Nov
13

Another Chance by Randy Rowley 11/13/09 ©

By

I was cautiously optimistic when I pulled up to Daryl Shipper’s house on a Saturday in early October for a bow deer hunt on his new deer lease near Evant.  I was only cautiously optimistic, as although I had seen several trail cam pictures of big bucks on the lease, I knew from experience how hard it was to see such deer during shooting hours and, harder still, to get a shot at one within bow range.

We arrived at the ranch, met Mike, Daryl’s brother, got our bows and gear ready, and then headed to the stands.  I climbed the 20-foot tall tripod I was gifted to hunt, put my shooting glove on, nocked an arrow, and got my binoculars and rangefinder out of my backpack.

Soon the magical 30 minutes before sunrise arrived.  But it came and went with no deer or other critters in eyesight.  Then the sun rose, and it immediately began to warm the cool air.  It was a clear day, so I expected to see many animals moving about, but nothing of the furry kind presented itself, even after the feeder went off at 8:30 AM.

The evening hunt was much warmer than the morning, but it wasn’t unpleasant.  The breeze had also picked up, and it was blowing in my face.  I settled in the tripod’s chair with renewed hopes, but I once again didn’t see anything furry for the first couple of hours. Eventually, the daylight started to fade, as did my hopes of seeing any deer.  Then suddenly, a nice-sized buck stepped out of the tree line to my left!

He had a big body and the side of his rack that I could see was large with heavy mass.  But at 219 yards, he was way out of bow range.  He then took off at a fast trot, but 90 degrees away from me.  He stopped at 140 yards away and looked in my direction.  He appeared to be either an 8 or 10 pointer, and his rack was symmetrical.

After a minute, he resumed his mission.  I soon lost sight of him in the opposite tree line 155 yards away, heading in Mike’s direction.  He was the largest buck that I had seen when I could shoot bucks.  I had seen larger bucks over many years of hunting, but those sightings were always when I was hunting for does.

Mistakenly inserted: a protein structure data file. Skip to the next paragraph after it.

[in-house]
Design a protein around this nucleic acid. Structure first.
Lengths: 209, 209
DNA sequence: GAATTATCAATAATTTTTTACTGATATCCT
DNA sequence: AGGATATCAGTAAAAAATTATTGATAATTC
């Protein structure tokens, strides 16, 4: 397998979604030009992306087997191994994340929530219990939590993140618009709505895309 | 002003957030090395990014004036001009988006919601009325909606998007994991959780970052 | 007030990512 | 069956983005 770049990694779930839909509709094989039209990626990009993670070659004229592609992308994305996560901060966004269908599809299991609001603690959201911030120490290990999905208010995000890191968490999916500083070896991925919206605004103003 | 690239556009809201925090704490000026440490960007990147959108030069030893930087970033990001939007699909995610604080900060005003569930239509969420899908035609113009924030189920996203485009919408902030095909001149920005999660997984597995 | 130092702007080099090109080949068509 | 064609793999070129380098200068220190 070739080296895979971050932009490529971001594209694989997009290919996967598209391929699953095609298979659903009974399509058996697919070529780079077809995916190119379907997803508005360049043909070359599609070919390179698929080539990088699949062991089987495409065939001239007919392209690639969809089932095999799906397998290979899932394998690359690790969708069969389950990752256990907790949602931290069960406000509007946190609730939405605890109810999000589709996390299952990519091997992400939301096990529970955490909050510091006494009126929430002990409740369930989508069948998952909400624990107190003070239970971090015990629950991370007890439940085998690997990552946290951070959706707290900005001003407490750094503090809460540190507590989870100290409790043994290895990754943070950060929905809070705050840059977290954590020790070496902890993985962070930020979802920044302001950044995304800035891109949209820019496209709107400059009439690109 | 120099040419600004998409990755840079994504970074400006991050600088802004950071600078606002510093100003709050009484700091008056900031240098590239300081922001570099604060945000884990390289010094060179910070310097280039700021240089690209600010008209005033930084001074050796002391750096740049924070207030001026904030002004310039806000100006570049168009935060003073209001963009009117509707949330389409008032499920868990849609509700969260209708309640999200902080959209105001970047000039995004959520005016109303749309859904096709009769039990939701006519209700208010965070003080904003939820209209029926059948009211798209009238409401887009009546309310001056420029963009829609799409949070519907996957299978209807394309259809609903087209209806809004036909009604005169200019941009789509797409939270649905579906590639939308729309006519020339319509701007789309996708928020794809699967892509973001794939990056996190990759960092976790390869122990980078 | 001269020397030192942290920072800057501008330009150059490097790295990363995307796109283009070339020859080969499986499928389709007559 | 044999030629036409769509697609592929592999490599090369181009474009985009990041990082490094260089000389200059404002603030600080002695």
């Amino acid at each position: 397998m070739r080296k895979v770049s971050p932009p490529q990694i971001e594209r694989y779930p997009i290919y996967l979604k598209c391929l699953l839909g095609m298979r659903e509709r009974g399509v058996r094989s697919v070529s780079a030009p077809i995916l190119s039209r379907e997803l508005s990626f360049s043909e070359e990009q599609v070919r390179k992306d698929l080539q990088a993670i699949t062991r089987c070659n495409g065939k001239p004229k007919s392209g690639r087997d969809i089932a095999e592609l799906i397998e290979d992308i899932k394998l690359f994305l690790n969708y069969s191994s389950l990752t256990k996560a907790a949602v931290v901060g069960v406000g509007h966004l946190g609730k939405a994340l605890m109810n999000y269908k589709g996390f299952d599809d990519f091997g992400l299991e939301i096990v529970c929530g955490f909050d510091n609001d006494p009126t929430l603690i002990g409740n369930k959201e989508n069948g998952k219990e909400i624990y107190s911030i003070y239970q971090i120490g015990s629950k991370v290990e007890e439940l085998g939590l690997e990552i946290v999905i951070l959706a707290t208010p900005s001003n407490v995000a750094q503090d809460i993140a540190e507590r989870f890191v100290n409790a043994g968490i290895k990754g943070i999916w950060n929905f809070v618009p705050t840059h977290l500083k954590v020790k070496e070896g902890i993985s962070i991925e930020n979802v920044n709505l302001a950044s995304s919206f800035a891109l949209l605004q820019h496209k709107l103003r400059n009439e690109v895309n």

With renewed optimism, I resumed my vigil.  About five minutes later, much to my surprise, I saw movement and realized that what was walking through the gap between the two cedar trees to the left of the feeder wasn’t just a buck – it was the same bruiser that I thought was long gone!  He had snuck towards the feeder without me detecting him.

I had ten minutes of shooting time left, which was more than enough time if things went my way.  The buck went straight to the feeder, which was 24 yards from me.  Better still, he presented me with a quartering away shot.  When he put his head down and started to eat, I came to full draw.

I lined my Browning Midas’s peep sight up with my sight’s pins and placed my fingers at the corner of my mouth.   I had only once before hunted with a bow from a tripod.  An article that I read years before indicated to aim high when hunting from tripods and tree stands.   So, I put my 30-yard pin on his upper back above his chest and released the bowstring.

I couldn’t see if I had hit him, but he didn’t appear to be hit from his reaction.  He looked around and then slowly walked away from the feeder.  I lost sight of him as he went behind the larger cedar tree.

As I sat there with my heart beating a mile a minute, the unexpected happened.  The buck returned to the feeder exactly how he came to it the first time, except this time he was two yards closer!  The Lord had given me another chance!

I slowly nocked another arrow.  Once again, the buck presented a quartering away shot.  Once again, he put his head down and started to eat.  Once again, I came to full draw, lined up my sights, placed my fingers at the corner of my lips, aimed high, and loosed the arrow.